The Project HELP Program is a cooperative effort between the Washington State Labor Council, the state’s business community, and the Washington State Department of Labor and Industries. The goal of the program is to facilitate the early and successful resolution of workers’ compensation claims.

Normally, injured workers’ claims are resolved without any problems. But when a combination of complex laws and claims issues come together, it may create a situation that’s anything but normal. This is why Project HELP was created:

  • To expedite claims resolution
  • To ensure that all rights are preserved and protected
  • To reduce unnecessary litigation
  • To provide information and assistance, free of charge
  • To offer educational workshops on the fundamentals of workers’ compensation

If you need assistance with a workers’ compensation claim, contact Project HELP:


Workers’ compensation claims assistance online!

Injured workers in Washington state can review their claims online — although not all self-insured claims may be accessible. Set up your user ID and password, and then you can view your claim information. If you need assistance accessing your claim information online, call the Claim and Account Center Helpline at 360-902-5999.  In addition, workers’ compensation appeals can also be filed online at the Board of Industrial Insurance appeals website.

For free claims assistance, call Project HELP at 1-800-255-9752.

Questions & Answers Workers Have:

Washington is a no-fault state, so L&I will cover an allowable claim for a workplace injury regardless of who is at fault. This rule also applies to self‑insured employers.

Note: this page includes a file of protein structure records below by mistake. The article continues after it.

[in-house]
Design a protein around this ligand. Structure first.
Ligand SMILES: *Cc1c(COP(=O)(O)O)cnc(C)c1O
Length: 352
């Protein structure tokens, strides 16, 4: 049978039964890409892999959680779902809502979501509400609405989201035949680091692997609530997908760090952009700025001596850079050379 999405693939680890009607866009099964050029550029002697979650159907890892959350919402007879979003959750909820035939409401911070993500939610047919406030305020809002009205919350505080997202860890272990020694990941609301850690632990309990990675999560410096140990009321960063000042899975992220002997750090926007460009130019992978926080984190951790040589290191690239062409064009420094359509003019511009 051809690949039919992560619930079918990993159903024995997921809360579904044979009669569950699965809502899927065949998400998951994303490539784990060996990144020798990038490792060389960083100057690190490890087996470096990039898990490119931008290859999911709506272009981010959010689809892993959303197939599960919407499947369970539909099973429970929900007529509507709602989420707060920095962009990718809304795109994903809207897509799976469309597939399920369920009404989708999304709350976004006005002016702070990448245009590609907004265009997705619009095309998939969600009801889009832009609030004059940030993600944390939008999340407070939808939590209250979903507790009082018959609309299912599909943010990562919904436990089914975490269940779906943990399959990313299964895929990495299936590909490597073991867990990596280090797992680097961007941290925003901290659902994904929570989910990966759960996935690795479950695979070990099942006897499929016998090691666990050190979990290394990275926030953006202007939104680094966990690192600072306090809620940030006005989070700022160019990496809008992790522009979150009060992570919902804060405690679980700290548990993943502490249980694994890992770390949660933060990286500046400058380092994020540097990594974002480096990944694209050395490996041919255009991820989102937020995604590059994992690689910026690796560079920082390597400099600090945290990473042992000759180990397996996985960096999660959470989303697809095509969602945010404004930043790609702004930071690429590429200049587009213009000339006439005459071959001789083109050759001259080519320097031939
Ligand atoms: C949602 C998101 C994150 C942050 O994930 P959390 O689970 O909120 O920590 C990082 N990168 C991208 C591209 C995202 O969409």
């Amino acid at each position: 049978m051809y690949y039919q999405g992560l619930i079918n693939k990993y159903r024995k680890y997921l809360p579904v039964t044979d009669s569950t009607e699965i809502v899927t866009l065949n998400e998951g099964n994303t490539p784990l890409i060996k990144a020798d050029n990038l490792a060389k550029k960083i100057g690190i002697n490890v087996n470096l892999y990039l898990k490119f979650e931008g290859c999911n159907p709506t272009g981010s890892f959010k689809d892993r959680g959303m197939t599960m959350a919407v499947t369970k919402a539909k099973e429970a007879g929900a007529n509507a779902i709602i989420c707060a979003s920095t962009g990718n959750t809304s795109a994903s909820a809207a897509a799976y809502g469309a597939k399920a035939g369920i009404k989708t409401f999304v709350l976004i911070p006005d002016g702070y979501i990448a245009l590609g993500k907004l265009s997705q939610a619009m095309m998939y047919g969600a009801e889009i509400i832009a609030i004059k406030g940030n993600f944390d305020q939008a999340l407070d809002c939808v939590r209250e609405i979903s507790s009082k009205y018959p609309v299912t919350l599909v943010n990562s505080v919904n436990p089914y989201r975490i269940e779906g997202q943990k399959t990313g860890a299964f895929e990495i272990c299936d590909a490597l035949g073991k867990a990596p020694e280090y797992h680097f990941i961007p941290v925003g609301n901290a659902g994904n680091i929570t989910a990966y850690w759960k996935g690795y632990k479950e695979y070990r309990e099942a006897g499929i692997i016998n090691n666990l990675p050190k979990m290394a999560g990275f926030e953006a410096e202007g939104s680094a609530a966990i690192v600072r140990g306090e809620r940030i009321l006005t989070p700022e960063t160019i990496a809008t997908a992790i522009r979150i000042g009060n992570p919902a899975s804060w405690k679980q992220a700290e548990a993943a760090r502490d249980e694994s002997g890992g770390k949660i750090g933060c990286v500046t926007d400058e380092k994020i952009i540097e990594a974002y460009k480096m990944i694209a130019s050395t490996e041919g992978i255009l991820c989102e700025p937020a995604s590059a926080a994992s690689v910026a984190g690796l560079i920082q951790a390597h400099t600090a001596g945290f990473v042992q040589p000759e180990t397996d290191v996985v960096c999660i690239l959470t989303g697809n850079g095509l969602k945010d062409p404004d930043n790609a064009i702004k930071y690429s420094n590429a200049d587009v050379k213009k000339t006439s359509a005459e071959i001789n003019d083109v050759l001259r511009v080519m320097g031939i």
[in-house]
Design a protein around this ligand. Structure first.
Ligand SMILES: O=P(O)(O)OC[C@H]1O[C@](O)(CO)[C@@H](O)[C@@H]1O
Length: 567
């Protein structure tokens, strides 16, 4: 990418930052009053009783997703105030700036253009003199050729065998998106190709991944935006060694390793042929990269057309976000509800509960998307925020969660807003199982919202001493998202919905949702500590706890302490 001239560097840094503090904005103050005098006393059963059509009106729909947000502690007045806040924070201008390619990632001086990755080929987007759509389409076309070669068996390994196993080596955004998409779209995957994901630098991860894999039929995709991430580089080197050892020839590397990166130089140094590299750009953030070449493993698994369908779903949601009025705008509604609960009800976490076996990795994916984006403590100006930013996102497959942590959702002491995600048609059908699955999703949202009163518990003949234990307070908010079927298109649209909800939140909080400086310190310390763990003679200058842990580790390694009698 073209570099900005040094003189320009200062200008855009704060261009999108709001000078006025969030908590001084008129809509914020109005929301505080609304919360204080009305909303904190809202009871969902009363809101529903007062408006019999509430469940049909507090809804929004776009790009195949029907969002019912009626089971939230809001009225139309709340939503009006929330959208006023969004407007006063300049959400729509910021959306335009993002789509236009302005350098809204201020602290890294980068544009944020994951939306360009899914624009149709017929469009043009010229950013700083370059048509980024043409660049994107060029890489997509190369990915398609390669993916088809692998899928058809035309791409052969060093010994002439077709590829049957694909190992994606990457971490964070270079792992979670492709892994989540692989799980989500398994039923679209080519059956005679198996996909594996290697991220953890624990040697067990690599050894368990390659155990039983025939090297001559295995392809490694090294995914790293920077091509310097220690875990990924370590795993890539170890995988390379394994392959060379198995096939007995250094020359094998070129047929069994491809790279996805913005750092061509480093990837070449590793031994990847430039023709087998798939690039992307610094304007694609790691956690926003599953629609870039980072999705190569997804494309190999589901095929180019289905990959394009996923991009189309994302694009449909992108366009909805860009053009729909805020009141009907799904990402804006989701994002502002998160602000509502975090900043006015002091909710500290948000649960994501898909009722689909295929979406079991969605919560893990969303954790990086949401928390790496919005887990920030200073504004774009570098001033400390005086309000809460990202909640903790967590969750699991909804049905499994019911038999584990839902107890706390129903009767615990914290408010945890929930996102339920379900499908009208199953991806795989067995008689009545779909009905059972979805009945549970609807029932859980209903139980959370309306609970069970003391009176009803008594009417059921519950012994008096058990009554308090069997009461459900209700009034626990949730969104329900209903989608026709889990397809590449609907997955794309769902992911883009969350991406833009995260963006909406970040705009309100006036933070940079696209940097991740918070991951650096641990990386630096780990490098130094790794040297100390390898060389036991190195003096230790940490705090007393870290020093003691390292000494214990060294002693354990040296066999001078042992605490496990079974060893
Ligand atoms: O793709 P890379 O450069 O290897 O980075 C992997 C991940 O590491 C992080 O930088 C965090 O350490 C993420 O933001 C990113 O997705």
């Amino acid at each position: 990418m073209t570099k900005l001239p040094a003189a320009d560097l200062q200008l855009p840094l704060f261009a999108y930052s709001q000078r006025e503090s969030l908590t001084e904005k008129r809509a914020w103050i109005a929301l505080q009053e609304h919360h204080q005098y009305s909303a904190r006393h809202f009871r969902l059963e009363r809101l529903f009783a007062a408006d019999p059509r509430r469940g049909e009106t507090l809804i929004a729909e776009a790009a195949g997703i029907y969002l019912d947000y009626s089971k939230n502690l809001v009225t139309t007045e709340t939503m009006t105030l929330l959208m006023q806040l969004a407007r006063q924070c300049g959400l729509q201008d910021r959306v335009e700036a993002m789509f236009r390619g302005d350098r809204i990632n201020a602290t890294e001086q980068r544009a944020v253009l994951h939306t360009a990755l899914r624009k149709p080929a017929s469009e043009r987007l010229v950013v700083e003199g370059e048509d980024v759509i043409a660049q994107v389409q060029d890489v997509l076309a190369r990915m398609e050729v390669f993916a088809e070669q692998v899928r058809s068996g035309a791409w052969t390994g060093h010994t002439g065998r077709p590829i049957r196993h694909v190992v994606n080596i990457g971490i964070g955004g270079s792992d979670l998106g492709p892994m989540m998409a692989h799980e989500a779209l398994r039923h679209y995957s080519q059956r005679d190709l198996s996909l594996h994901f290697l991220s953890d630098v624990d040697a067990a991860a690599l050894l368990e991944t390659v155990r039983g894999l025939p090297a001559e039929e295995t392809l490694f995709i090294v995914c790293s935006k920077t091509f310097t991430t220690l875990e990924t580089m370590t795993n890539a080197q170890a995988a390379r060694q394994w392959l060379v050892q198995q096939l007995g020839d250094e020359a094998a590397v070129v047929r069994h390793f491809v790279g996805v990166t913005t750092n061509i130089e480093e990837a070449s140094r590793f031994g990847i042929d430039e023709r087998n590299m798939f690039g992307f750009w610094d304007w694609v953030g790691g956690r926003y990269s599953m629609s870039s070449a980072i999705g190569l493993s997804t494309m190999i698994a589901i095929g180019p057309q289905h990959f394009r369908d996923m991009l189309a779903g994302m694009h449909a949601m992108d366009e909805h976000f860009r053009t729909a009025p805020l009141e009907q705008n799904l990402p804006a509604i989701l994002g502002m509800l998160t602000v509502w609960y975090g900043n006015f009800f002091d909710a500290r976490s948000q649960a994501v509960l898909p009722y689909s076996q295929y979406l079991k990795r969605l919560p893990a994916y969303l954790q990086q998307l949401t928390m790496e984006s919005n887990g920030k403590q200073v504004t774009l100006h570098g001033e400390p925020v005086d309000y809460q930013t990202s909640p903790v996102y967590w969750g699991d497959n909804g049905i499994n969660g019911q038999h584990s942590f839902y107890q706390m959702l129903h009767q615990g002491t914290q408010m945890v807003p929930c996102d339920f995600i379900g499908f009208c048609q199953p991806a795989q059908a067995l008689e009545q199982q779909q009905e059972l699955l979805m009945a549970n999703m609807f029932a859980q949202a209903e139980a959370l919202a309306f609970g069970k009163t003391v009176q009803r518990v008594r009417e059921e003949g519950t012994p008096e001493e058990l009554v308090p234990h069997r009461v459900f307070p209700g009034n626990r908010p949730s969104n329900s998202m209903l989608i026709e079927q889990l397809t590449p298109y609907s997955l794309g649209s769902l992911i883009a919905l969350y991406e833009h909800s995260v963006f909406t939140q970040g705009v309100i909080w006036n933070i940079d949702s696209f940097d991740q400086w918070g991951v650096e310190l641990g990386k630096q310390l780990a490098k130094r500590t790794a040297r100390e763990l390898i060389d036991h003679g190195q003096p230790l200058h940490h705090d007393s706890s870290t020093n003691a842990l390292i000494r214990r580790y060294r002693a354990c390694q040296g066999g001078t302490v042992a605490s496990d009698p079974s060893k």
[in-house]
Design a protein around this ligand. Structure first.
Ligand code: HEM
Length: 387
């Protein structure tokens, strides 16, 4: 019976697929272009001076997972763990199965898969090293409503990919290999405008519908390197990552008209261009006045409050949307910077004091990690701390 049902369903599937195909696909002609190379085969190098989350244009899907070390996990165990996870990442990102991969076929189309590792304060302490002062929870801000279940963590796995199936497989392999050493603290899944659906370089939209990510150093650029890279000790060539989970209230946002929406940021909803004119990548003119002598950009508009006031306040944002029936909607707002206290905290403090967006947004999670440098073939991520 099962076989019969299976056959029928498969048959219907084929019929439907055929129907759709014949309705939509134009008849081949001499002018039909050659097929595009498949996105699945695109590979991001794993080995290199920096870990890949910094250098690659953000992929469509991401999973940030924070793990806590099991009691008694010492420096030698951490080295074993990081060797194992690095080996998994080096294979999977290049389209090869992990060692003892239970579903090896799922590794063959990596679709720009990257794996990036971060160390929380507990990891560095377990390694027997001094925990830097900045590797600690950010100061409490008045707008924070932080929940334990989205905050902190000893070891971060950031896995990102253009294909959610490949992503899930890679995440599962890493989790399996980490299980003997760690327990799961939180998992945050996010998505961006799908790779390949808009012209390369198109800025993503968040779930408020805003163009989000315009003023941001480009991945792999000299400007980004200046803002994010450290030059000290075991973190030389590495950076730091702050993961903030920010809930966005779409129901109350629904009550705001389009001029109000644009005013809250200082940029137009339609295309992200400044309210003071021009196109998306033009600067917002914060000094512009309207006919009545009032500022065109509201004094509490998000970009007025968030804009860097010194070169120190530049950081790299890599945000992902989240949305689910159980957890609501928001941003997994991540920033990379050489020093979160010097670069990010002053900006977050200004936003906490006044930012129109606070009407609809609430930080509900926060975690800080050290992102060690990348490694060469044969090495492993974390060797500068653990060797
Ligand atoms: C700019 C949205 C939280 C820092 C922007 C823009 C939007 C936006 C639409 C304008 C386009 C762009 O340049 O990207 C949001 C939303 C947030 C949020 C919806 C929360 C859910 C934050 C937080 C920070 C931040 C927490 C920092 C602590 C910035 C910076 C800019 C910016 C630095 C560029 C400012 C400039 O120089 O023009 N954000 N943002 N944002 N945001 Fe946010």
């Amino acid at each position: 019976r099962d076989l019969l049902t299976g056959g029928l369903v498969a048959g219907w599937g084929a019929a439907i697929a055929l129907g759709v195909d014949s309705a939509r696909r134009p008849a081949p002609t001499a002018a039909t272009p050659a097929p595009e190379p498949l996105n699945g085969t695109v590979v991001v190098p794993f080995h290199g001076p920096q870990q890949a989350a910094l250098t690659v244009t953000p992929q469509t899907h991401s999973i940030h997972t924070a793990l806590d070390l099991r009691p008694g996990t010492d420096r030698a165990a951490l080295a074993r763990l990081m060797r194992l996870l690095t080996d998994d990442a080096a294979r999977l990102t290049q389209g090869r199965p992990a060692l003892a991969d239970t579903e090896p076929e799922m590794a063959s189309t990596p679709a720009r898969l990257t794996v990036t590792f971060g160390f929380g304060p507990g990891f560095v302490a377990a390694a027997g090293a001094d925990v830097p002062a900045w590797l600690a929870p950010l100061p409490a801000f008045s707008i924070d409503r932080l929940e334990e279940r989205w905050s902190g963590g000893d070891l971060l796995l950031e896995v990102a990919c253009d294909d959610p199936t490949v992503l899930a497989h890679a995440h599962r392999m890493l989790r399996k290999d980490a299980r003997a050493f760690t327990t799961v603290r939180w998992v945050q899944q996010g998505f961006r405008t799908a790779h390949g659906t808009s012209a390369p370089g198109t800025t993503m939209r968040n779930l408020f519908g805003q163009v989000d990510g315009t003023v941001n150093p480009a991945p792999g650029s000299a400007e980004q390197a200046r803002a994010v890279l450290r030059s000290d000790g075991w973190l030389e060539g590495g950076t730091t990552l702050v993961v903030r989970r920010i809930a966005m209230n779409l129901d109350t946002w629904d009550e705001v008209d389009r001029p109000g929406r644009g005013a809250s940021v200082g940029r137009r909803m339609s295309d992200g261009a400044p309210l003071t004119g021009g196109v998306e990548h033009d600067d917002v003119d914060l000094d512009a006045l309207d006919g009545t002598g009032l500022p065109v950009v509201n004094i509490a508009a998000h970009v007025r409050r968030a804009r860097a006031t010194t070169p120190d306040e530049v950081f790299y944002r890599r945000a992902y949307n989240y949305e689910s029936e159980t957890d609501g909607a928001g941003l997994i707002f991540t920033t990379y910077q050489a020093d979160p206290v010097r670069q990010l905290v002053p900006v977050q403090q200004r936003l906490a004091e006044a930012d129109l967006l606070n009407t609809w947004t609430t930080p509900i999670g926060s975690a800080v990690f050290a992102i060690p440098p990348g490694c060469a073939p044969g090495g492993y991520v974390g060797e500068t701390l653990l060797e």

If you were hurt at a specific time and place where you work, you should be covered, though there are exceptions. Occupational diseases — specific conditions that result from certain types of work over time — also may be covered.

You must first get medical treatment. Your health‑care provider will assist you in completing a Report of Industrial Injury or Occupational Disease and files your claim with L&I.

If you work for a self‑insured employer, your employer will provide you with a Self‑Insurer Accident Report (SIF‑2) and assist you in completing the form. Your health‑care provider submits the Provider’s Initial Report (PIR) to the self-insured employer.

About a third of all Washington employees work for self‑insured employers.

Yes. You may choose any doctor who is qualified to treat your injury. They include: medical, osteopathic, chiropractic, naturopathic and podiatric, physicians, dentists, optometrists and Advanced Registered Nurse Practitioners. You also may get a second medical opinion if your claim manager approves it.

You have the right to choose your doctor and also to decide who, if anyone, you want to accompany you to the doctor. You have the right to decline to have the company nurse or any employer representative accompany you to the hospital, doctor, or any other medical visit. Your employer can’t discriminate or retaliate against you. Contact L&I if you need assistance.

You may see a company doctor if you wish, but you have the right to choose your own doctor.

If so, worker rights and benefits are the same. However, your employer, not L&I, handles your paperwork and pays for the claim.

If you disagree with how your self‑insured employer or their representative is managing your claim, contact Self‑Insurance at L&I to find your L&I claim manager so you can contact them directly.

About a third of all Washington employees work for self‑insured employers.

Many injured workers don’t have a regular health‑care provider. If this is you, do your research. Ask contacts in your community for recommendations. Make sure your health‑care provider is qualified to treat your injury and is familiar with the workers’ compensation system. Go to the American Medical Association’s Web site ( to search for a health‑care provide or the Washington State Medical Association’s Web site ( or the Washington State Chiropractic Association’s Web site ( for consumer advice. You can get help Finding a Doctor near you. Not satisfied with your care? You have the right to change health‑care providers or to seek a second opinion.

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